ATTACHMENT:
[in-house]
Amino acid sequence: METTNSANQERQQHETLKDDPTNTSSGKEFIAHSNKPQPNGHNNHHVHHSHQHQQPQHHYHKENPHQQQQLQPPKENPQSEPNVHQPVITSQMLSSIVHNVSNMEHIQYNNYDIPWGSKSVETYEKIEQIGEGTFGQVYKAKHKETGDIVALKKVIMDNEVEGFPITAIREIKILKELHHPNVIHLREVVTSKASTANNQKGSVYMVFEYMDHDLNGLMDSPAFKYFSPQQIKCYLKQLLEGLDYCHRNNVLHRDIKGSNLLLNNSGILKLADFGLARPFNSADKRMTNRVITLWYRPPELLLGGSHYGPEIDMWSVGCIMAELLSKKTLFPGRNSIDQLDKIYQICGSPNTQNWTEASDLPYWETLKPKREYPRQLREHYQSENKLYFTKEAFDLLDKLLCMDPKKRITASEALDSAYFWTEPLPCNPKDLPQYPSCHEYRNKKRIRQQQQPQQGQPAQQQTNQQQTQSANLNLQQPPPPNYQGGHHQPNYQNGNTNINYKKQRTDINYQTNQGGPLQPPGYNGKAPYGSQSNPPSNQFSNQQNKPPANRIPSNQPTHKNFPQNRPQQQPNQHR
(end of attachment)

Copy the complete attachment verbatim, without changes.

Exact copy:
[in-house]
Amino acid sequence: METTNSANQERQQHETLKDDPTNTSSGKEFIAHSNKPQPNGHNNHHVHHSHQHQQPQHHYHKENPHQQQQLQPPKENPQSEPNVHQPVITSQMLSSIVHNVSNMEHIQYNNYDIPWGSKSVETYEKIEQIGEGTFGQVYKAKHKETGDIVALKKVIMDNEVEGFPITAIREIKILKELHHPNVIHLREVVTSKASTANNQKGSVYMVFEYMDHDLNGLMDSPAFKYFSPQQIKCYLKQLLEGLDYCHRNNVLHRDIKGSNLLLNNSGILKLADFGLARPFNSADKRMTNRVITLWYRPPELLLGGSHYGPEIDMWSVGCIMAELLSKKTLFPGRNSIDQLDKIYQICGSPNTQNWTEASDLPYWETLKPKREYPRQLREHYQSENKLYFTKEAFDLLDKLLCMDPKKRITASEALDSAYFWTEPLPCNPKDLPQYPSCHEYRNKKRIRQQQQPQQGQPAQQQTNQQQTQSANLNLQQPPPPNYQGGHHQPNYQNGNTNINYKKQRTDINYQTNQGGPLQPPGYNGKAPYGSQSNPPSNQFSNQQNKPPANRIPSNQPTHKNFPQNRPQQQPNQHR